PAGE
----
Then, as it puffs up, the star's outer atmosphere comes into contact with the orbiting gas giant planet.

"So it's slamming into the star's atmosphere continuously as it orbits around, it's heating up material, and it's expelling some of that stellar atmosphere gas," says MacLeod.

That gas drifts outward and cools, forming dust, along with bits of the doomed planet that also blow outward.

As the planet goes through the star's atmosphere, the drag makes the planet's orbit tighten. It gets closer and closer to the star, and, as it does, the stellar atmosphere gets denser and denser. That makes its orbit tighten even more.

"And so that process starts slowly, but happens faster and faster," says MacLeod.

When this runaway process reaches its conclusion, the planet plunges into the star, making the star briefly balloon up. Some of the star's outer layers get ejected, creating even more dust.

Although the astronomers can't see the planet at all, their calculations suggest that the final plunge only took a couple of days to a week.

"And so that's the most dramatic moment in this process," says MacLeod. "We see the star brighten as heated up gas is thrown out."

Later, however, the star looked very similar to how it did before the outburst, "almost like the star ate that planet and forgot about it completely," says De.

Will Earth get eaten up too?

The eventual demise of Earth, after the Sun first engulfs Mercury and Venus, will probably proceed much like this, the researchers say.

But the Earth is so much smaller that its engulfment would generate less light and be even less of a perturbation for the aging Sun.

"Truth be told, we won't be around to see this happen. We won't be on planet Earth by then," says Kasliwal. Long before the Earth gets swallowed, the increasing heat output from the Sun will have evaporated all the water and rendered the planet inhospitable.

"We have to find our new home long before this happens," she says.

But some theorists think the Earth won't be a stellar snack.

The Sun could lose a little mass as it expands, which would make the Earth move slightly away and may allow it to avoid engulfment, says Smadar Naoz, an astronomer at UCLA.

"Whether or not the Sun will engulf the Earth is quite controversial," she says. "But it wouldn't matter because it will no longer be our beautiful Earth with an atmosphere and oceans. Earth may survive, but not the Earth that we know and love."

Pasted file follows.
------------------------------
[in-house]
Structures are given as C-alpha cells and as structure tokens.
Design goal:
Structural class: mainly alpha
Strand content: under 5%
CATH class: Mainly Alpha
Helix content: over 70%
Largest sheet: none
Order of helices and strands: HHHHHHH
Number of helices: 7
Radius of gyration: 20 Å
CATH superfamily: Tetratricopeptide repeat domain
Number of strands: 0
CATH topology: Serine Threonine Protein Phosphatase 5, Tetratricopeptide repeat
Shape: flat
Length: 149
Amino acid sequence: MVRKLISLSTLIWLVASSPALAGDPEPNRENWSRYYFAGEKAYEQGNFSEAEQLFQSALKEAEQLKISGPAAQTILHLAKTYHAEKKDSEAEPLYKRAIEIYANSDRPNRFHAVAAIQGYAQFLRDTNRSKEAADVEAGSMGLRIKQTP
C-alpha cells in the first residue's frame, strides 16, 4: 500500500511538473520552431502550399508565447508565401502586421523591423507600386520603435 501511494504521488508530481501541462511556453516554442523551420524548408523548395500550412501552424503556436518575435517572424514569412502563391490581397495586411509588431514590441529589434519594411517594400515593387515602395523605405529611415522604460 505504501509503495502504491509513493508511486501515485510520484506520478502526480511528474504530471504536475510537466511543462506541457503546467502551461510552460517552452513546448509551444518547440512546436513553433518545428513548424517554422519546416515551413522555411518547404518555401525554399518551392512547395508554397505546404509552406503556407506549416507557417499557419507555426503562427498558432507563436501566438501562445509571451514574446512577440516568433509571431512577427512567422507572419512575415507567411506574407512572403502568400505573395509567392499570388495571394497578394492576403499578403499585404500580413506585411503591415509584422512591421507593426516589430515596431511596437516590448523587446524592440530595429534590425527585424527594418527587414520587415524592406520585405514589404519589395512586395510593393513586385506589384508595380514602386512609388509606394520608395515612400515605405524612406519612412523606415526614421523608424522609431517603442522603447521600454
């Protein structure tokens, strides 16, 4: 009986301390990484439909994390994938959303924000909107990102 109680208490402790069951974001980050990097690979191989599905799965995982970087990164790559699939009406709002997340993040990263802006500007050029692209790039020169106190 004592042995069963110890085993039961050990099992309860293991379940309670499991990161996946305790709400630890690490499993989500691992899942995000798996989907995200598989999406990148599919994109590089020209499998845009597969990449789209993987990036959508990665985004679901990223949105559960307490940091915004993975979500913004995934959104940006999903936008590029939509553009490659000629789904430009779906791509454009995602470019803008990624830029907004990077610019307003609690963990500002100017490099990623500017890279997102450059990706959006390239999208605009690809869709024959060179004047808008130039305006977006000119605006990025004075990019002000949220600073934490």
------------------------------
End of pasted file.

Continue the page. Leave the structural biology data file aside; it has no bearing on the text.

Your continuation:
She was thrilled by the new observations of a star eating a planet, saying that theorists have long made predictions about what that process should look like.

"To see that detection, that they caught one, live, in the act, that's very, very exciting," says Naoz. "So I was super excited and happy about that."

She says stars have been seen in the past with spins or compositions that indicated they might have consumed planets, "but we never really saw a star eating a planet, never saw the act."

And Naoz is interested in what this star will be like years from now, post-engulfment.

"I would like to understand the spin of the star. Will it really be spinning fast, as we predict it will?" she asks, adding that even just this one example will help theorists know what they got wrong and what they got right.

Scientists say such planetary endings must be happening all the time, and Kasliwal says there's already instrumentation in the works that should make it easier to detect more of them.

"What about littler planets? What about slightly different stars?" says Kasliwal. "I think there's a whole census to be done of these sorts of events. I mean, what we're seeing is just the first one, but the first of many more to come."

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Nell Greenfieldboyce is a NPR science correspondent.